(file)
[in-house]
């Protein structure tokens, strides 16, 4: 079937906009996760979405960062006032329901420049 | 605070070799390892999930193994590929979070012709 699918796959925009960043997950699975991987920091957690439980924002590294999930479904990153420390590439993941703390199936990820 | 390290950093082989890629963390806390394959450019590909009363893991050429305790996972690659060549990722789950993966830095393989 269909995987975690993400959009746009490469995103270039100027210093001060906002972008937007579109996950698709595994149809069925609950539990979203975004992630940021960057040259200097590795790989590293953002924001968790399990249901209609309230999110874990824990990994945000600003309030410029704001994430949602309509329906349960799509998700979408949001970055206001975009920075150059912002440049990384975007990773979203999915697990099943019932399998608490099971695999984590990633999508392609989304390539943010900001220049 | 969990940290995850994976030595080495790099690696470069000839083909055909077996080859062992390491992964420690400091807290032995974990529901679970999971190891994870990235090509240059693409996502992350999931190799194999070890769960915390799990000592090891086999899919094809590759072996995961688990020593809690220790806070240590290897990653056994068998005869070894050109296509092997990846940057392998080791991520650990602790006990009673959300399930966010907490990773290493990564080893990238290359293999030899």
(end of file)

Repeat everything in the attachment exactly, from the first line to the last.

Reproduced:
[in-house]
């Protein structure tokens, strides 16, 4: 079937906009996760979405960062006032329901420049 | 605070070799390892999930193994590929979070012709 699918796959925009960043997950699975991987920091957690439980924002590294999930479904990153420390590439993941703390199936990820 | 390290950093082989890629963390806390394959450019590909009363893991050429305790996972690659060549990722789950993966830095393989 269909995987975690993400959009746009490469995103270039100027210093001060906002972008937007579109996950698709595994149809069925609950539990979203975004992630940021960057040259200097590795790989590293953002924001968790399990249901209609309230999110874990824990990994945000600003309030410029704001994430949602309509329906349960799509998700979408949001970055206001975009920075150059912002440049990384975007990773979203999915697990099943019932399998608490099971695999984590990633999508392609989304390539943010900001220049 | 969990940290995850994976030595080495790099690696470069000839083909055909077996080859062992390491992964420690400091807290032995974990529901679970999971190891994870990235090509240059693409996502992350999931190799194999070890769960915390799990000592090891086999899919094809590759072996995961688990020593809690220790806070240590290897990653056994068998005869070894050109296509092997990846940057392998080791991520650990602790006990009673959300399930966010907490990773290493990564080893990238290359293999030899």